Some of the typical themes to indie games, and art games, and deconstructionist games in general, include violence, death, and loss. I find it interesting that the deeper problems of game design, toward which the more thoughtful game authors are drawn, so closely mirror a boilerplate list of human concerns. At least, metaphorically speaking.
Of the three, death and loss, and the association between the two, are the bigger concerns — perhaps because in the short term, with such a narrow communication bottleneck, it’s more worthwhile to hand out monosyllabic verbs for the player to sling around: shoot, run, jump, grab. Let players use the grammar they know, while you precisely sculpt a context to lend the discussion an illusion of eloquence. Thus we have Half-Life 2, and Resident Evil 4.
In classic design terms, death and loss are the same. You either win a game, or you lose. (Early on, “winning” just means you haven’t lost yet.) You lose a game by dying; loss means at least an existential death, in that you’re no longer playing. If you’re allowed several lives, then often death is the metaphor for even a small loss, in that each death sets you back — indeed, it’s often the only setback that matters.
Later on, battery backup and memory cards changed things a little. Instead of games being an all-or-nothing challenge, they were a slow and awkward slog to the top: keep chipping away, keep saving at every opportunity, and eventually you’ll be king of the mountain. A player’s progress became a sort of permanent virtual property, rather than a matter of fleeting skill and experience. And now loss takes on a bigger meaning. Since starting over would mean losing all their hours of “hard work”, games got longer and larger so as to feed the player new “content” for as long as he retained interest — thus further reducing the chances of a replay, as that savefile grows all the more priceless.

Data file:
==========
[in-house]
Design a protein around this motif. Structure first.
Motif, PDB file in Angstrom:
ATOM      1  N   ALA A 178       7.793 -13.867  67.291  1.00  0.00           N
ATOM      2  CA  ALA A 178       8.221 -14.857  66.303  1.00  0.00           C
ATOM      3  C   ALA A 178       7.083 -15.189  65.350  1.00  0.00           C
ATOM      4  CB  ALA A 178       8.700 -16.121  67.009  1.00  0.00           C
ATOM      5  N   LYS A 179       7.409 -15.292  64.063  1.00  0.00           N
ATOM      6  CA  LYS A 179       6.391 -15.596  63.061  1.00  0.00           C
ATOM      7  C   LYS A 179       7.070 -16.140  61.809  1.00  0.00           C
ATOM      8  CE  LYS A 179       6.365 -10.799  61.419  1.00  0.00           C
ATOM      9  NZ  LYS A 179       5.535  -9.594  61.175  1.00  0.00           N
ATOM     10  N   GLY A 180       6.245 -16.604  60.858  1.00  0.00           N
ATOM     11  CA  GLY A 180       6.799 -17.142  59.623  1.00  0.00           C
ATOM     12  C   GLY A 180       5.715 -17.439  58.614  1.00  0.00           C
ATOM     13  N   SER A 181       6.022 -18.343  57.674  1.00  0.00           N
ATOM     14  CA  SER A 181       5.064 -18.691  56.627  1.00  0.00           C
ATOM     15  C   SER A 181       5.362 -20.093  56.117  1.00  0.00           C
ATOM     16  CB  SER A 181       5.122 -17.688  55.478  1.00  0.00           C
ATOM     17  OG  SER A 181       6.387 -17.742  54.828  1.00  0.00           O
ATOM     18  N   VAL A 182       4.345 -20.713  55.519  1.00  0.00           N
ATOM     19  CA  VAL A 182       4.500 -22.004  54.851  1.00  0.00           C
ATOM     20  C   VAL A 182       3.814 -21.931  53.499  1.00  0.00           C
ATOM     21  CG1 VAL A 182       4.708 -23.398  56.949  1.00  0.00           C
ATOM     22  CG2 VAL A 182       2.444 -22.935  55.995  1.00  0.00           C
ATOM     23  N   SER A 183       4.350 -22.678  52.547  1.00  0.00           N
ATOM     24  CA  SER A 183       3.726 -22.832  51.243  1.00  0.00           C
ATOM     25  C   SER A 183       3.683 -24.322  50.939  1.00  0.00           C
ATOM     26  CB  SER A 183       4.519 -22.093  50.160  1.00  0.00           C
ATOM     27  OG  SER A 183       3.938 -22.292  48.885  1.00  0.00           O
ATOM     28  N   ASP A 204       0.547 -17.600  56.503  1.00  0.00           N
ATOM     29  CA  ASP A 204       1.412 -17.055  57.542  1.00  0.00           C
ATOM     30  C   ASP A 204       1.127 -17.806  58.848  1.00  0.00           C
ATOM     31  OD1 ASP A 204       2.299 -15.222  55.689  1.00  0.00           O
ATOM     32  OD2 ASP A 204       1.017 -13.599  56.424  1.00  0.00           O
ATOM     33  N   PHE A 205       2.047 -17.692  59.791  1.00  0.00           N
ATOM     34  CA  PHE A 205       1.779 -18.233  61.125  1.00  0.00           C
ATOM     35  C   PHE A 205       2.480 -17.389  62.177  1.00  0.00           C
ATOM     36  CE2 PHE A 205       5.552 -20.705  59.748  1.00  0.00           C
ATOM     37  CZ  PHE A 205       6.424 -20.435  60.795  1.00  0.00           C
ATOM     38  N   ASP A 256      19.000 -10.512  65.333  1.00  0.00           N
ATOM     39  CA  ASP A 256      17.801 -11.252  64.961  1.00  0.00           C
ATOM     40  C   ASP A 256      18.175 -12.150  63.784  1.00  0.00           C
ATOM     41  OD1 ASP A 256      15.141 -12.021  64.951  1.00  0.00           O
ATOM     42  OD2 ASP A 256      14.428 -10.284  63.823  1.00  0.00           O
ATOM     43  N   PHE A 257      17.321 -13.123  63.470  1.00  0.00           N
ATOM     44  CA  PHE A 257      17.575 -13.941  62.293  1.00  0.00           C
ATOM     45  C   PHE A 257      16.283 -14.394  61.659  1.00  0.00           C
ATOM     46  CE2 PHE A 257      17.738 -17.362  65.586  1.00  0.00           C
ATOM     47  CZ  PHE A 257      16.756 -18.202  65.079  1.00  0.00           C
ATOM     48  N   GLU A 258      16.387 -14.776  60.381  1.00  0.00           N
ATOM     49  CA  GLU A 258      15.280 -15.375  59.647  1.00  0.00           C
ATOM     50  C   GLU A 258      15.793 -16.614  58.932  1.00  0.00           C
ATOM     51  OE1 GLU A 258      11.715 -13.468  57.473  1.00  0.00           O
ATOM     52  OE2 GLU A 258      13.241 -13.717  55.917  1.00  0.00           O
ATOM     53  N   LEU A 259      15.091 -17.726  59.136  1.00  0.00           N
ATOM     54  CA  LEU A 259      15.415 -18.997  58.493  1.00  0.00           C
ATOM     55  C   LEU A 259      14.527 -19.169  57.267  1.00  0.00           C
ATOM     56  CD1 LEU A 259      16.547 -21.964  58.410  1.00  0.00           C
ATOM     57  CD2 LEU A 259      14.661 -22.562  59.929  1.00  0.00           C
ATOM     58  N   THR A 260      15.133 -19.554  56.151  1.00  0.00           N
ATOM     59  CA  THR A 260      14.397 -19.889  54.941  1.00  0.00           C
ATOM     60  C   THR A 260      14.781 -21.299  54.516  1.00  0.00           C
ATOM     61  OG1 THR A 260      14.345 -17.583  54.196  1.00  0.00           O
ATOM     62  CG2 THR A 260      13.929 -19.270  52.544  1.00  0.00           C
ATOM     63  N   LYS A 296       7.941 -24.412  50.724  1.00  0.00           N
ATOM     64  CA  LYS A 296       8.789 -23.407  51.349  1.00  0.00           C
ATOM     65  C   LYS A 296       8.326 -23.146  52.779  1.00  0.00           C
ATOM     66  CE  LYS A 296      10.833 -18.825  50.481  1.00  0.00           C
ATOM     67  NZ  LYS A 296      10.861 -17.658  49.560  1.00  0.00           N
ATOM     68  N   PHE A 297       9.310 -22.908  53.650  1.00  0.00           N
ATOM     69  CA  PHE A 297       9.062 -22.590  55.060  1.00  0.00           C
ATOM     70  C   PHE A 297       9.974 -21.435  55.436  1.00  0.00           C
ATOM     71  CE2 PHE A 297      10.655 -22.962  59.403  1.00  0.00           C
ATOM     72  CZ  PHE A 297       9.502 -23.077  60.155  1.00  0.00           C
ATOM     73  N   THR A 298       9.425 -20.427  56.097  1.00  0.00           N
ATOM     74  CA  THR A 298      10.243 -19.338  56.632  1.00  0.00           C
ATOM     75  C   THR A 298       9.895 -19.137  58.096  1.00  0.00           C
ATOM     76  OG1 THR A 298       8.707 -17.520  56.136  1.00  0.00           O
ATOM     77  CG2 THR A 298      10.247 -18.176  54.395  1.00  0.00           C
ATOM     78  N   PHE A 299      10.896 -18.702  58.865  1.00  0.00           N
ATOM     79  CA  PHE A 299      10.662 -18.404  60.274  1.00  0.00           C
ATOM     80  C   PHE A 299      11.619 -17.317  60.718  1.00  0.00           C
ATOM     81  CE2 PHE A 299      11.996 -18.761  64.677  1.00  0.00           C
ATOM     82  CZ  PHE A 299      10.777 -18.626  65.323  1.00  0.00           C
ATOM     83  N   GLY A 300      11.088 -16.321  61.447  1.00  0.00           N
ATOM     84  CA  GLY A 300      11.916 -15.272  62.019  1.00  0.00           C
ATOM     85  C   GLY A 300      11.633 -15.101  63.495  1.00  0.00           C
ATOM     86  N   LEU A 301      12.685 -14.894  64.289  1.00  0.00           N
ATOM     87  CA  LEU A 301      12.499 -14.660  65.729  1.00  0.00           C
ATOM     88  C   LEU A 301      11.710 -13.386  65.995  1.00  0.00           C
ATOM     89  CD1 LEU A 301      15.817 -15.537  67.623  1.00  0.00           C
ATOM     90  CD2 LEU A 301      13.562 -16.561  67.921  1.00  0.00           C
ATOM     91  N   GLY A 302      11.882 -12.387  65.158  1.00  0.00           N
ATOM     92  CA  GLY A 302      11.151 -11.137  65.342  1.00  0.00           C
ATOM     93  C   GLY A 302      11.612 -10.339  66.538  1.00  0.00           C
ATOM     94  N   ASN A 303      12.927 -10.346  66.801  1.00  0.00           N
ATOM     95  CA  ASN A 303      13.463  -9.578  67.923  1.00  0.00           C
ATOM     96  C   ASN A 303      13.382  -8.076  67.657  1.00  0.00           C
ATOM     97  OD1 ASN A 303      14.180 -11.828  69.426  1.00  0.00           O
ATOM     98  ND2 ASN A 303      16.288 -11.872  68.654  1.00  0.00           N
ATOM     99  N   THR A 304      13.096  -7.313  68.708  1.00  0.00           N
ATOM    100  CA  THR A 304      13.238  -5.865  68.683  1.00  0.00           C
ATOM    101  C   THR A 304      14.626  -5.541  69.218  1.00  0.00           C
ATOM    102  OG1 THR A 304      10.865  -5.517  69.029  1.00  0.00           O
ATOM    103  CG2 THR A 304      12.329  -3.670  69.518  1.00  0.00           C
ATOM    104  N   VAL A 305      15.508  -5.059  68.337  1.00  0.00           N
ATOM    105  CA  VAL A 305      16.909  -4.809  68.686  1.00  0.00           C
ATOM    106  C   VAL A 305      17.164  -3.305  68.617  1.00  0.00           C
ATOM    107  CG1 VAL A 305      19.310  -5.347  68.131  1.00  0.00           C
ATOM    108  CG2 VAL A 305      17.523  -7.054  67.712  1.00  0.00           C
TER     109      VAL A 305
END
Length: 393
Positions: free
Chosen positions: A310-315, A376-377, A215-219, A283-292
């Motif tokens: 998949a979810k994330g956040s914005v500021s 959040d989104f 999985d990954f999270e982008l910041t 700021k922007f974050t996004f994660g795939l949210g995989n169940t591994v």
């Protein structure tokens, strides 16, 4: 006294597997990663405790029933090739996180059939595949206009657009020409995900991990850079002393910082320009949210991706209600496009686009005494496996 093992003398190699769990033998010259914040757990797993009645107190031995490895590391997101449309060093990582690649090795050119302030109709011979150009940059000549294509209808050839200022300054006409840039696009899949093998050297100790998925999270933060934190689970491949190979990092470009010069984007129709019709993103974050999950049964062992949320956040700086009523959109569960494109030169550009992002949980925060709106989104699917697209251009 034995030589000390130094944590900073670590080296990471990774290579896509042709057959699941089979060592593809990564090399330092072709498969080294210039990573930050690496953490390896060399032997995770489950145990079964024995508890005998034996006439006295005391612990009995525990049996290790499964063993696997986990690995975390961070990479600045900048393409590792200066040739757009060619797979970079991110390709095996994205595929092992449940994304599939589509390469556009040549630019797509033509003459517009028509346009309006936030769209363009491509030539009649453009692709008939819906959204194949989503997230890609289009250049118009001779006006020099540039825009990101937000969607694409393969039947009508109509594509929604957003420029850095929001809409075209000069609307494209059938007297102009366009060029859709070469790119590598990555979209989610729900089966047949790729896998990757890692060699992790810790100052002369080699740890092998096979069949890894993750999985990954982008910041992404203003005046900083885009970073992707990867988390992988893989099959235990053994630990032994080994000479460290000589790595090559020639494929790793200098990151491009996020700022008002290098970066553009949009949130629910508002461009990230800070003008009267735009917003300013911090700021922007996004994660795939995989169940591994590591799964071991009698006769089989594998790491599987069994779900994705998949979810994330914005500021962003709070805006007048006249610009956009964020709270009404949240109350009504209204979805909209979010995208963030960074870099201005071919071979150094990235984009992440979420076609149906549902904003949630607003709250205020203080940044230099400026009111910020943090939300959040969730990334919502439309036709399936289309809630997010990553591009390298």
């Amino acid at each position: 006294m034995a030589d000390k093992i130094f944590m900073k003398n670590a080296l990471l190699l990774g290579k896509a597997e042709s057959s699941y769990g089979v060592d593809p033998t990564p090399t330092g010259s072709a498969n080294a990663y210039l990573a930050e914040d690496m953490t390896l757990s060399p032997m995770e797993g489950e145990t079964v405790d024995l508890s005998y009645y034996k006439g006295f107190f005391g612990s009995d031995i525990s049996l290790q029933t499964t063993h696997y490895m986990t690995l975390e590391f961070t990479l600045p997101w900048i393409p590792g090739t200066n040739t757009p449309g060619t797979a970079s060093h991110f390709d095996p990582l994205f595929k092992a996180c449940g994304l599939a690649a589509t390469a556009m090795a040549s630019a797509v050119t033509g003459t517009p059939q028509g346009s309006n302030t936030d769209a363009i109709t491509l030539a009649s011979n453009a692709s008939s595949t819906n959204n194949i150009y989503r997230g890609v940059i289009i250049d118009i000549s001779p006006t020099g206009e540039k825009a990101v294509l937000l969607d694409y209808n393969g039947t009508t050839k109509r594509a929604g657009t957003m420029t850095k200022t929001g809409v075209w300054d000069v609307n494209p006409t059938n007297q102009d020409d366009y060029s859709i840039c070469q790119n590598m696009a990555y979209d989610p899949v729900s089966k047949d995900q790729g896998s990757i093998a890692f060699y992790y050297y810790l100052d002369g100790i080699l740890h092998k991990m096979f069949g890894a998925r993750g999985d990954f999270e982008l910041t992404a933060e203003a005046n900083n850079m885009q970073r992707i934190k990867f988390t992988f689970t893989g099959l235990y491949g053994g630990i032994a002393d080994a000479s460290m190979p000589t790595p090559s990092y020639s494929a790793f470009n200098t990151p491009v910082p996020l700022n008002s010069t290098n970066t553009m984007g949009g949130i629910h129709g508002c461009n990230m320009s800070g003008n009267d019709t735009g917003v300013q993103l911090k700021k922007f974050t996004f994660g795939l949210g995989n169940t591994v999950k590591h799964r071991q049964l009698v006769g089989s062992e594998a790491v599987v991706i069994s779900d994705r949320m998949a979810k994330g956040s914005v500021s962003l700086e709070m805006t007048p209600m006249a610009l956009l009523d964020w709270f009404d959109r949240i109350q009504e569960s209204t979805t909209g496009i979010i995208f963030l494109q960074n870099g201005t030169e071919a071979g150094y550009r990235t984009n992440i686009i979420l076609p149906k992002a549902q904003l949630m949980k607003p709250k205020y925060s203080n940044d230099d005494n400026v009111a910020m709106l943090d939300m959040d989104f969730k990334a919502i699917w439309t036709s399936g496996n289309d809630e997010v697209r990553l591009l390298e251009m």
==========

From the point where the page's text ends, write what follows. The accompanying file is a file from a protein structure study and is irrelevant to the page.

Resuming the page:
Granted, on the surface of it death and loss barely factor into social games like Animal Crossing or certain text or graphical adventures like Myst, but those are specific and defiant structures, with the former laying bare that modern relationship between property and progress (in videogames as in life) and the latter born from the imaginative, exploratory side of role playing games — as compared to the simpler systemic representation (your points, your rules) with its focus on violence, loss, and death.
Today, with so much investment in the content, designers like Hideo Kojima want players to see the whole game — which creates a weird conflict, since the only real fail condition that people are accustomed to in a videogame is death. How can designers tell a huge, linear story if the player keeps dying and getting booted out of the game — or at least thrown back, to replay the same sequence over and over again? The goal and the method don’t match.
Some games, such as Naughty Dog’s later platformers, stick a band aid on the problem by eliminating lives. Others just make it nearly impossible to fail. Others put the responsibility in the player’s hands with unlimited quicksaves. You can find clever examples everywhere in between, from smart checkpoints to the teamwork-focued revivals in Gears of War. Really, though, no one has a clue what to do about death and loss.
The most progressive games — Dead Rising, Pac-Man: Championship Edition — spend their time experimenting with it, and sometimes they find some narrow, specific answers. Gradius V finds an answer that suits its own premise, though it wouldn’t really work in Super Mario Bros. I guess that’s the best that anyone can hope for; a specific solution to the specific problem at hand.